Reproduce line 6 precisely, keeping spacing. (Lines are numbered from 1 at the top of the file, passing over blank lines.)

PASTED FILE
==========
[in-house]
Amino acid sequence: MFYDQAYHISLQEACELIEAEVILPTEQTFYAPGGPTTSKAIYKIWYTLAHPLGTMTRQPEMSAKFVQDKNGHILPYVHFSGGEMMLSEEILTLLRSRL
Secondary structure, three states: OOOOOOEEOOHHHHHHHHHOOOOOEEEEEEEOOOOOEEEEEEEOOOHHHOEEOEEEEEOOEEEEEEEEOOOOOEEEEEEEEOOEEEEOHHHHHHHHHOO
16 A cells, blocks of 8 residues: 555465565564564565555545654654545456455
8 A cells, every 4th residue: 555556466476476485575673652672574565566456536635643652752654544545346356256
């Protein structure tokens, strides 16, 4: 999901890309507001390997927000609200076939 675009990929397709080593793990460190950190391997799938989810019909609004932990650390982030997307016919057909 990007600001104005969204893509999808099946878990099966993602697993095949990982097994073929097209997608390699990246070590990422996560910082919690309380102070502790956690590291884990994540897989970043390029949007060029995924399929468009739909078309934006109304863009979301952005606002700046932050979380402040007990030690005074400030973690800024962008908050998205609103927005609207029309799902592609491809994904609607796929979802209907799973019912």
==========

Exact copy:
């Protein structure tokens, strides 16, 4: 999901890309507001390997927000609200076939 675009990929397709080593793990460190950190391997799938989810019909609004932990650390982030997307016919057909 990007600001104005969204893509999808099946878990099966993602697993095949990982097994073929097209997608390699990246070590990422996560910082919690309380102070502790956690590291884990994540897989970043390029949007060029995924399929468009739909078309934006109304863009979301952005606002700046932050979380402040007990030690005074400030973690800024962008908050998205609103927005609207029309799902592609491809994904609607796929979802209907799973019912």